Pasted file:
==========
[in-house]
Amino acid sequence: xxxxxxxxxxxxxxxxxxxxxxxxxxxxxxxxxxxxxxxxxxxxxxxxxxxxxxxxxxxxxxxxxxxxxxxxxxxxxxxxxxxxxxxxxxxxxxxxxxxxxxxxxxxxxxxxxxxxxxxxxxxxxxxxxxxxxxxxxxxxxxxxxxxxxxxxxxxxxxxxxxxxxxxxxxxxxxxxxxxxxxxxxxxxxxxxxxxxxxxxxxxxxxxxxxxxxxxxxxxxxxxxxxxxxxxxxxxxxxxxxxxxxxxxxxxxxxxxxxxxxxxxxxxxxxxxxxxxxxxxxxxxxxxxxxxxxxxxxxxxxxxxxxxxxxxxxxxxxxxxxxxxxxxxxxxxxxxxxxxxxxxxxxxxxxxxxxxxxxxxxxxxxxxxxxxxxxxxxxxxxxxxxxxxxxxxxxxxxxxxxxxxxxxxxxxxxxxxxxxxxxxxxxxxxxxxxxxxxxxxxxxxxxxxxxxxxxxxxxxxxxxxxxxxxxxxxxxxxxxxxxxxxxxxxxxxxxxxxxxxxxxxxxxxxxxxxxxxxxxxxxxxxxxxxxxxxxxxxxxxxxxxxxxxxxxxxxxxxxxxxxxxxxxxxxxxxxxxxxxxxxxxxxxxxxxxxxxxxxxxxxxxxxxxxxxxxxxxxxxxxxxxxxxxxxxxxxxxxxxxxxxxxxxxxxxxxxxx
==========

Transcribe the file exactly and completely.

[in-house]
Amino acid sequence: xxxxxxxxxxxxxxxxxxxxxxxxxxxxxxxxxxxxxxxxxxxxxxxxxxxxxxxxxxxxxxxxxxxxxxxxxxxxxxxxxxxxxxxxxxxxxxxxxxxxxxxxxxxxxxxxxxxxxxxxxxxxxxxxxxxxxxxxxxxxxxxxxxxxxxxxxxxxxxxxxxxxxxxxxxxxxxxxxxxxxxxxxxxxxxxxxxxxxxxxxxxxxxxxxxxxxxxxxxxxxxxxxxxxxxxxxxxxxxxxxxxxxxxxxxxxxxxxxxxxxxxxxxxxxxxxxxxxxxxxxxxxxxxxxxxxxxxxxxxxxxxxxxxxxxxxxxxxxxxxxxxxxxxxxxxxxxxxxxxxxxxxxxxxxxxxxxxxxxxxxxxxxxxxxxxxxxxxxxxxxxxxxxxxxxxxxxxxxxxxxxxxxxxxxxxxxxxxxxxxxxxxxxxxxxxxxxxxxxxxxxxxxxxxxxxxxxxxxxxxxxxxxxxxxxxxxxxxxxxxxxxxxxxxxxxxxxxxxxxxxxxxxxxxxxxxxxxxxxxxxxxxxxxxxxxxxxxxxxxxxxxxxxxxxxxxxxxxxxxxxxxxxxxxxxxxxxxxxxxxxxxxxxxxxxxxxxxxxxxxxxxxxxxxxxxxxxxxxxxxxxxxxxxxxxxxxxxxxxxxxxxxxxxxxxxxxxxx